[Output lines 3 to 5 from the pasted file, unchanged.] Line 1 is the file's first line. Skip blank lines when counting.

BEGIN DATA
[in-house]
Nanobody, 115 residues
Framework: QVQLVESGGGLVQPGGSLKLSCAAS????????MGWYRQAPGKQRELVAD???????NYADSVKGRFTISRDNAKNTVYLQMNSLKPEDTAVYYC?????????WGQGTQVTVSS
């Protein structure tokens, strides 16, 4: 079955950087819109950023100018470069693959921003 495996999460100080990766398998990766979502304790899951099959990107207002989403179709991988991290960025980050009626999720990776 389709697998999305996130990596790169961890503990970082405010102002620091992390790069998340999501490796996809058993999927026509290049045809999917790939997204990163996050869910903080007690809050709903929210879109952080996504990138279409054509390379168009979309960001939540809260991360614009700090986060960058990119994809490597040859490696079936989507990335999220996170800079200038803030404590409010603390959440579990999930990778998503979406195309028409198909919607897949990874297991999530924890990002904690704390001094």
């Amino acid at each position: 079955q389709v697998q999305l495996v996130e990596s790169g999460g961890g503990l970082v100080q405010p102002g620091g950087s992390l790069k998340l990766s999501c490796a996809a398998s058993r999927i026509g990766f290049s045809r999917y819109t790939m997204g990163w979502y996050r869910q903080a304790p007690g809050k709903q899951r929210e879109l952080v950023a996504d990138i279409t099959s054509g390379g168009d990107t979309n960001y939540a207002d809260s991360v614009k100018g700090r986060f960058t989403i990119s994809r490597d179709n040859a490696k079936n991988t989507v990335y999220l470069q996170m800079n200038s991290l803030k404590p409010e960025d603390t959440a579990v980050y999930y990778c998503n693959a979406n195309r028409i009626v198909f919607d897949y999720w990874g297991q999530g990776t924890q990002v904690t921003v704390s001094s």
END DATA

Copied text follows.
Framework: QVQLVESGGGLVQPGGSLKLSCAAS????????MGWYRQAPGKQRELVAD???????NYADSVKGRFTISRDNAKNTVYLQMNSLKPEDTAVYYC?????????WGQGTQVTVSS
């Protein structure tokens, strides 16, 4: 079955950087819109950023100018470069693959921003 495996999460100080990766398998990766979502304790899951099959990107207002989403179709991988991290960025980050009626999720990776 389709697998999305996130990596790169961890503990970082405010102002620091992390790069998340999501490796996809058993999927026509290049045809999917790939997204990163996050869910903080007690809050709903929210879109952080996504990138279409054509390379168009979309960001939540809260991360614009700090986060960058990119994809490597040859490696079936989507990335999220996170800079200038803030404590409010603390959440579990999930990778998503979406195309028409198909919607897949990874297991999530924890990002904690704390001094």
């Amino acid at each position: 079955q389709v697998q999305l495996v996130e990596s790169g999460g961890g503990l970082v100080q405010p102002g620091g950087s992390l790069k998340l990766s999501c490796a996809a398998s058993r999927i026509g990766f290049s045809r999917y819109t790939m997204g990163w979502y996050r869910q903080a304790p007690g809050k709903q899951r929210e879109l952080v950023a996504d990138i279409t099959s054509g390379g168009d990107t979309n960001y939540a207002d809260s991360v614009k100018g700090r986060f960058t989403i990119s994809r490597d179709n040859a490696k079936n991988t989507v990335y999220l470069q996170m800079n200038s991290l803030k404590p409010e960025d603390t959440a579990v980050y999930y990778c998503n693959a979406n195309r028409i009626v198909f919607d897949y999720w990874g297991q999530g990776t924890q990002v904690t921003v704390s001094s």